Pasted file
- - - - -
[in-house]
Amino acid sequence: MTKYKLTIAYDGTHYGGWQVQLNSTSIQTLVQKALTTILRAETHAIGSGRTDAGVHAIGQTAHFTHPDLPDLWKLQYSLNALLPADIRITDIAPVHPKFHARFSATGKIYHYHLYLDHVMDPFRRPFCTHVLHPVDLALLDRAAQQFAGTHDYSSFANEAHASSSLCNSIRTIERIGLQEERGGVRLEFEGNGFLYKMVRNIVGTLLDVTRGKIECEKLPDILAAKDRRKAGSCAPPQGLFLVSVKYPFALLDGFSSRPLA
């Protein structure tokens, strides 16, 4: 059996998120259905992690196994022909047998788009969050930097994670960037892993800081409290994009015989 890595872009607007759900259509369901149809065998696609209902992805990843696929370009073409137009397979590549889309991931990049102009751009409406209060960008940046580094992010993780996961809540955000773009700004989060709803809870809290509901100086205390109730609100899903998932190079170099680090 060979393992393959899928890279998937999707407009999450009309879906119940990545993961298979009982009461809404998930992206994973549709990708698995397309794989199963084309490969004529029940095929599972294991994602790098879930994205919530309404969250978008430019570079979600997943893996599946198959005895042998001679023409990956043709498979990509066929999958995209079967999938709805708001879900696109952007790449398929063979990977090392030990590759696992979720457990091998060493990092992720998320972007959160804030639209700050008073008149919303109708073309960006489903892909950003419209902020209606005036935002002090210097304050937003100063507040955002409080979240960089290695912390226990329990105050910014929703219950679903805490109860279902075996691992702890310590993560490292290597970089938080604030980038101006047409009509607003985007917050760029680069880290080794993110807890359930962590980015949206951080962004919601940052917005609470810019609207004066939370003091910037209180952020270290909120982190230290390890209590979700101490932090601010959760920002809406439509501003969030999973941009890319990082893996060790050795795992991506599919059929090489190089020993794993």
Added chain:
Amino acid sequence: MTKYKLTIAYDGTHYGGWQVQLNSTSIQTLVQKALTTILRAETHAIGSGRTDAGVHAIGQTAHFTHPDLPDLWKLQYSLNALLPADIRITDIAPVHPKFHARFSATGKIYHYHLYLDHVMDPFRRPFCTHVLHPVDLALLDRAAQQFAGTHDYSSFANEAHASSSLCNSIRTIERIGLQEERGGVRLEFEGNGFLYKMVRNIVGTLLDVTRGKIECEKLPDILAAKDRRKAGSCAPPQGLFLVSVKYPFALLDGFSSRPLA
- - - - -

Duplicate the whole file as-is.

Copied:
[in-house]
Amino acid sequence: MTKYKLTIAYDGTHYGGWQVQLNSTSIQTLVQKALTTILRAETHAIGSGRTDAGVHAIGQTAHFTHPDLPDLWKLQYSLNALLPADIRITDIAPVHPKFHARFSATGKIYHYHLYLDHVMDPFRRPFCTHVLHPVDLALLDRAAQQFAGTHDYSSFANEAHASSSLCNSIRTIERIGLQEERGGVRLEFEGNGFLYKMVRNIVGTLLDVTRGKIECEKLPDILAAKDRRKAGSCAPPQGLFLVSVKYPFALLDGFSSRPLA
């Protein structure tokens, strides 16, 4: 059996998120259905992690196994022909047998788009969050930097994670960037892993800081409290994009015989 890595872009607007759900259509369901149809065998696609209902992805990843696929370009073409137009397979590549889309991931990049102009751009409406209060960008940046580094992010993780996961809540955000773009700004989060709803809870809290509901100086205390109730609100899903998932190079170099680090 060979393992393959899928890279998937999707407009999450009309879906119940990545993961298979009982009461809404998930992206994973549709990708698995397309794989199963084309490969004529029940095929599972294991994602790098879930994205919530309404969250978008430019570079979600997943893996599946198959005895042998001679023409990956043709498979990509066929999958995209079967999938709805708001879900696109952007790449398929063979990977090392030990590759696992979720457990091998060493990092992720998320972007959160804030639209700050008073008149919303109708073309960006489903892909950003419209902020209606005036935002002090210097304050937003100063507040955002409080979240960089290695912390226990329990105050910014929703219950679903805490109860279902075996691992702890310590993560490292290597970089938080604030980038101006047409009509607003985007917050760029680069880290080794993110807890359930962590980015949206951080962004919601940052917005609470810019609207004066939370003091910037209180952020270290909120982190230290390890209590979700101490932090601010959760920002809406439509501003969030999973941009890319990082893996060790050795795992991506599919059929090489190089020993794993």
Added chain:
Amino acid sequence: MTKYKLTIAYDGTHYGGWQVQLNSTSIQTLVQKALTTILRAETHAIGSGRTDAGVHAIGQTAHFTHPDLPDLWKLQYSLNALLPADIRITDIAPVHPKFHARFSATGKIYHYHLYLDHVMDPFRRPFCTHVLHPVDLALLDRAAQQFAGTHDYSSFANEAHASSSLCNSIRTIERIGLQEERGGVRLEFEGNGFLYKMVRNIVGTLLDVTRGKIECEKLPDILAAKDRRKAGSCAPPQGLFLVSVKYPFALLDGFSSRPLA